Witchcraft and human rights: from horror to hope

18 September 2018 15:36
Two little boys victims of a witchcraft-related attack in which their arms have been cut off © Under the Same Sun, a Canadian NGO that promotes the wellbeing of people with albinism through education and advocacy.

A moving and powerful photographic exhibition, funded by Lancaster University, will herald a two-day ‘roundtable’ on albinism and human rights at the United Nations headquarters in Geneva.

The exhibition, which features 20 poignant images, is being held at the Palais des Nations to coincide with the 39th session of the Human Rights Council at the UN this month.

The UN Independent Expert on Albinism, the Witchcraft and Human Rights Information Network and Lancaster University have organised the exhibition, entitled ‘Witchcraft and human rights: from horror to hope’, to build upon the first-ever international workshop on the issue of witchcraft and human rights held last year.

The aim is to further highlight the grave human rights abuses that are taking place around the world due to beliefs in witchcraft.

Lancaster University academic Dr Charlotte Baker, who has published widely on albinism in Africa and Lancaster University honorary graduate and human rights advocate Gary Foxcroft have worked with UN Independent Expert on Albinism Ikponwosa Ero to bring the exhibition together.

In numerous countries, witchcraft-related beliefs have resulted in serious violations of human rights including, beatings, banishment, the cutting of body parts, and amputation of limbs, torture and murder.

Women, children, the elderly, and persons with disabilities particularly persons with albinism, are particularly vulnerable. Despite the seriousness of these human rights abuses, there is often no robust state-led response.

By bringing together four of the world’s most well-respected photographers working in the field of Human Rights with images gathered by the NGO ‘Under the Same Sun’, this exhibition, which opens on September 19 for six weeks, will further shine a light on some of the 21st century’s most horrific human rights abuses, so that solutions may be identified to prevent further cases being recorded.

The exhibition will capture the global scale of the human rights abuses that take place due to beliefs in witchcraft.

Across three continents the images, map stories of horror and hope, and explore the multiple nuances of the different beliefs in witchcraft in India, Nepal, Papua New Guinea and Tanzania.

The experiences of children, women, the elderly, and those living with disabilities such as albinism will be highlighted to give some of the world’s most marginalised people a voice in the UN Human Rights Council.

Speaking about the exhibition Dr Baker says: “The photographic exhibition brings together the work of some of the world’s leading photographers to highlight the consequences of the harmful beliefs associated with beliefs in witchcraft. We are working to draw attention to this important human rights issue that has, by and large, slipped under the radar of governments, NGOs and academics.”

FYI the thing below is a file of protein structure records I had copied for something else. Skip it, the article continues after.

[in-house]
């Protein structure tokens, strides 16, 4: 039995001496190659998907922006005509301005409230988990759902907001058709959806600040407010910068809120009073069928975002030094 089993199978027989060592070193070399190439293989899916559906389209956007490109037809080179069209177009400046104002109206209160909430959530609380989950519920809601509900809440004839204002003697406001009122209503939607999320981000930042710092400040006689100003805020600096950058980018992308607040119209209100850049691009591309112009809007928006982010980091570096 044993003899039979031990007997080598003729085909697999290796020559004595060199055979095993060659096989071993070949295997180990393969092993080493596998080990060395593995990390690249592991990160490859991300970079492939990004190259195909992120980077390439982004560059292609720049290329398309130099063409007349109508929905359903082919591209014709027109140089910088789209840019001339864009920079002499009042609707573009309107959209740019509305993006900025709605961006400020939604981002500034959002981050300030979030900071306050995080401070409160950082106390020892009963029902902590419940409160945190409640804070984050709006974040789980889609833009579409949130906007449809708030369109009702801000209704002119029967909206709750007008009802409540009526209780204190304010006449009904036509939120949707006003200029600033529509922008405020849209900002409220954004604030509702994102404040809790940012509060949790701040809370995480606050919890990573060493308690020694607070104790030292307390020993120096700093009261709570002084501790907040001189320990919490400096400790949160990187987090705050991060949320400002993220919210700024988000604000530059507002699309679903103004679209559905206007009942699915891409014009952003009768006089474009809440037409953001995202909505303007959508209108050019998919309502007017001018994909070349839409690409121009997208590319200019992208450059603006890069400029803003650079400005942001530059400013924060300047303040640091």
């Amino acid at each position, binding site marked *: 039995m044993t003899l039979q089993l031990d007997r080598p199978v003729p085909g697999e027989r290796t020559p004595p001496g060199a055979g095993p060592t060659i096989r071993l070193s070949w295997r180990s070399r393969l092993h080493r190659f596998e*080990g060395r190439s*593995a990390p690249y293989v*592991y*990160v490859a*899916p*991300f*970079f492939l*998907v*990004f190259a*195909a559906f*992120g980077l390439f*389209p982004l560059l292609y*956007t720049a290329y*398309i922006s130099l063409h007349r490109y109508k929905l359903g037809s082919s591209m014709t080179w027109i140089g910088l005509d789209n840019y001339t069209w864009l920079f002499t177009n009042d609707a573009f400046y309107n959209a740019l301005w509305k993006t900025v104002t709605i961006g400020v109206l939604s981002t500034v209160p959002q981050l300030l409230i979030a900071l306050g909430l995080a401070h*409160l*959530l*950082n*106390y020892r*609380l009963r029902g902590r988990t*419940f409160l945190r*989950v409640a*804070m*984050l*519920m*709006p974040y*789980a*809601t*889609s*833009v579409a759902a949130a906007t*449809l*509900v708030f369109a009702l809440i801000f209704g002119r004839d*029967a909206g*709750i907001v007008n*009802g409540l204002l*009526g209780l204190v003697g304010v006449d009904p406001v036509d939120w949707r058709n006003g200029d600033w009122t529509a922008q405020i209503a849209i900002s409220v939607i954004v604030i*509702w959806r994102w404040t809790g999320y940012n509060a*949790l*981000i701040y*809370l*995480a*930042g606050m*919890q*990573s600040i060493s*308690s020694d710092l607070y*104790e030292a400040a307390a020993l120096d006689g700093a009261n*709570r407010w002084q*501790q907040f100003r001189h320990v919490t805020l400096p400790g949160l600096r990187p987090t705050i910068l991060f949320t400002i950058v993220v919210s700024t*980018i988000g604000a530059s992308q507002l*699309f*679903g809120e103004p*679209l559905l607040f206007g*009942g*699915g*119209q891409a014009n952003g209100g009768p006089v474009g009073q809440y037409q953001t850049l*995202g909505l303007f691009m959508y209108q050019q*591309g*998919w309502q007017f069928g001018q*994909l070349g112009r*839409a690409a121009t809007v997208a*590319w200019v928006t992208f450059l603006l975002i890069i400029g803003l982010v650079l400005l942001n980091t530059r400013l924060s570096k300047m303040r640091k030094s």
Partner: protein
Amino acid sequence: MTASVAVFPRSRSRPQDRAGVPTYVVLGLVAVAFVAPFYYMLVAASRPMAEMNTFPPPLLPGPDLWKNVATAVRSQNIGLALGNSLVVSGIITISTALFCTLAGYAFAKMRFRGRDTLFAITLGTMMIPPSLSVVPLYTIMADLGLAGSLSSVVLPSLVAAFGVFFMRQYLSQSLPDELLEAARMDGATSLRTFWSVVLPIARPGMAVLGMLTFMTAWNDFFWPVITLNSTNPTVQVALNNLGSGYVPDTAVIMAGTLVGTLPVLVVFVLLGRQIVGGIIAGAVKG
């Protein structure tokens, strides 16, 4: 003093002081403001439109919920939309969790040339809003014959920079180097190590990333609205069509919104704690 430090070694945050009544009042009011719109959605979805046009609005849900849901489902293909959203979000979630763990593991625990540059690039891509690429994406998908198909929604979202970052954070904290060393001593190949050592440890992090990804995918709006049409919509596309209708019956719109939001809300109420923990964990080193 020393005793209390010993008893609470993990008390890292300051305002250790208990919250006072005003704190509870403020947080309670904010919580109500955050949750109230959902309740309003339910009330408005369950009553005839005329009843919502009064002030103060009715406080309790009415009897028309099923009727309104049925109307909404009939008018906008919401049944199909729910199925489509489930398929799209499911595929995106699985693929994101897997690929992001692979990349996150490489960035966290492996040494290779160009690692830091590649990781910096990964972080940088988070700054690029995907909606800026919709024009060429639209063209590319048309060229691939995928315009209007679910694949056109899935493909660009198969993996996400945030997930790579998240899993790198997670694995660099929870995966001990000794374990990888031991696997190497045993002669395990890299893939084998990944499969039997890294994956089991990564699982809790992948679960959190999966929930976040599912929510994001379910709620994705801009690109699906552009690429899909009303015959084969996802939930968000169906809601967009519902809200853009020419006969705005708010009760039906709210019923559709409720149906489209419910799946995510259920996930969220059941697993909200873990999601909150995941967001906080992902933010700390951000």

Gary Foxcroft, the Executive Director of the Witchcraft and Human Rights Information Network, says: “This is the first time that an exhibition has been curated on these issues and highlights the true global scale in the crisis in human rights that has been brought about by beliefs in witchcraft.

“Whilst the horror of these abuses is apparent in the images used, the exhibition also highlights the amazing work being carried out by families, activists, policy makers and academics to fight such harmful practices and provides hope that, one day soon, solutions will be found to put a stop to further abuses.” 

The photographic exhibition includes 20 images by:

·        Christo Geoghegan, an award-winning documentary photographer, filmmaker, on-screen correspondent and journalist based in London.

·        Robin Hammond, an award-winning photographer who has dedicated his career to documenting human rights and development issues around the world through long-term photographic projects.

·        Vlad Sokhin, a documentary photographer, videographer and multimedia producer. He covers social, cultural, environmental, health and human rights issues around the world, including post-conflict and natural disaster zones.

·        Joe Wood, a documentary photographer who is passionate about people and their stories, particularly stories of the underrepresented and different approaches to well-known subjects. Environmental issues, money and community are central themes in his work.

·        Under the Same Sun, a Canadian NGO that promotes the wellbeing of people with albinism through education and advocacy.

Six-year-old Baraka Cosmas Rusambo (pictured above left) lost his right hand in a witchcraft-related attack in western Tanzania. His mother also sustained serious machete injuries to her head. 17 people were arrested. Ten-year-old Mwigulu Matonange (pictured above right) was attacked and his left arm chopped off above the elbow in western Tanzania. Three men were arrested. Both boys have albinism.

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